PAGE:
Ibrahim Kalin told reporters Thursday that the German comments were “internal political investments” geared toward increasing votes at upcoming elections in the country, and urged German politicians to act in a more “rational manner.”
“Those who see that animosity … against our president helps them score points have jumped on the bandwagon,” Kalin said.
Kalin also condemned German Foreign Minister Sigmar Gabriel’s suggestions that German companies’ investments in Turkey may not continue to be guaranteed.
“We strongly condemn statements that German citizens who travel to Turkey are not safe and that German companies in Turkey have hesitations and concerns,” he said. “There is no such thing.”
Kalin also urged Germany to respect Turkish judicial decisions, saying a group of human rights defenders — including a German citizen — who were detained in Turkey were not ordinary visitors but “as far as the judiciary could establish (they are) people who engaged in illegal or suspicious activities.”
A group representing German exporters says that many companies have already put investments in Turkey on ice and it can’t recommend that any firm invest there at present.
Foreign Minister Sigmar Gabriel complained Thursday that dozens of German companies are being accused without evidence of helping terrorists. He cast doubt on the future of government export guarantees for German companies’ investments in Turkey. Such guarantees are offered to insure exports to many countries.
In its statement, Germany’s BGA exporters association added that “we must expect significant declines in exports if the measures under consideration are implemented” but that would not pose a major problem for German foreign trade as a whole. It said Turkey was Germany’s No. 15 export destination and No. 16 source of imports last year.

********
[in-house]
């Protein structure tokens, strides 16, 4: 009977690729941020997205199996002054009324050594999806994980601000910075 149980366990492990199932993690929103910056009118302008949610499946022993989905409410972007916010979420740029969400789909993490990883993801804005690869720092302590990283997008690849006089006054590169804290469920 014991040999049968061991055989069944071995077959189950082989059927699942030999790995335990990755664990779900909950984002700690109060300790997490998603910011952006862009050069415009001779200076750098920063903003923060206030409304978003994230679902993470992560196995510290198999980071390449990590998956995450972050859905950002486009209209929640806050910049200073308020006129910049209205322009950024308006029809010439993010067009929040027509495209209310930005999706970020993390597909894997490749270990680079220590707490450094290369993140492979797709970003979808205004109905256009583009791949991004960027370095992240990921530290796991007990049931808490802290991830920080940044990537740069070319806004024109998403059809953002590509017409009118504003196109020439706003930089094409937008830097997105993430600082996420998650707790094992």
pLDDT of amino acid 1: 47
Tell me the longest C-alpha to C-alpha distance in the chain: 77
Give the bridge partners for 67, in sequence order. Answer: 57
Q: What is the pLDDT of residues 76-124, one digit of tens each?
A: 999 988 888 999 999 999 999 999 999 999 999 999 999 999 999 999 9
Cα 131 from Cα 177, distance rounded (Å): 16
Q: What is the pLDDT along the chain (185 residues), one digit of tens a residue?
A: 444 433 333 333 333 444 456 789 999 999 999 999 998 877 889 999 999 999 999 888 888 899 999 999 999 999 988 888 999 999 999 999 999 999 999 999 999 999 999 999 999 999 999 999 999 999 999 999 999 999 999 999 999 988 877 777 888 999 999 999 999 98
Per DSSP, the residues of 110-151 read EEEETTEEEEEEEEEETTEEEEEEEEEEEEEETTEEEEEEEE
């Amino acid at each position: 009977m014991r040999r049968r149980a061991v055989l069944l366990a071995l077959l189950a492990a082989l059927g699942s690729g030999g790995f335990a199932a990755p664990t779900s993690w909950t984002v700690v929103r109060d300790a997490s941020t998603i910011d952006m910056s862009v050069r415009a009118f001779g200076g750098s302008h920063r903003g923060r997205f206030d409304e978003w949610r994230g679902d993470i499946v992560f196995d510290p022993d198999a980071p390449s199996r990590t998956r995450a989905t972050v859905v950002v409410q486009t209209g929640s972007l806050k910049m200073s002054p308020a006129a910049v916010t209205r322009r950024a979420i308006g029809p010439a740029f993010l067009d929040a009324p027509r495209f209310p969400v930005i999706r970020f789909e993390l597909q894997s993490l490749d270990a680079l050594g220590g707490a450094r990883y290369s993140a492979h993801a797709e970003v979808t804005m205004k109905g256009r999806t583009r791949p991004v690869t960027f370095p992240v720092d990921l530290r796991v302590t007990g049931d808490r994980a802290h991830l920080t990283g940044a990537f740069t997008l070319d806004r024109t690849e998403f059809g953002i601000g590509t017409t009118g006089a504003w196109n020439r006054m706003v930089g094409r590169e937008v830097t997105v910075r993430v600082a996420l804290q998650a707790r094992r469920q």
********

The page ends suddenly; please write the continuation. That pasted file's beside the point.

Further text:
Germany’s foreign minister says his country will revise its travel advice for Turkey following the jailing of a German human rights activist who has no ties to the country.
Sigmar Gabriel said Thursday that the jailing of Peter Steudtner suggests that something similar could happen to any citizen. Gabriel also said he doesn’t see how the government can continue guaranteeing companies’ investments in Turkey in the absence of “legal security” and will have to consider what it does about export guarantees.
He added that Germany also wants to discuss pre-accession funding to Turkey from the European Union.
Turkey says Germany’s demand for the release of a German human rights trainer is “unacceptable” and an attempt to interfere with the Turkish judiciary.
In a statement published Thursday, Turkey’s foreign ministry said they have kept Germany’s charge d’affaires in Ankara informed of Peter Steudtner’s case, adding “the independent Turkish judiciary must be trusted.”
The ministry said statements by the spokesmen for the German chancellor and foreign ministry constituted “diplomatic rudeness” and said the judiciary cannot be instructed or counseled by anyone.
A Turkish court on Tuesday ordered the pre-trial arrest of four leading human rights activists, including Amnesty International’s country director, Steudtner and a Swedish trainer, for alleged links to terror groups.
The foreign ministry accused Germany of a “double standard,” saying it harbors members of terror groups and prevents their trial.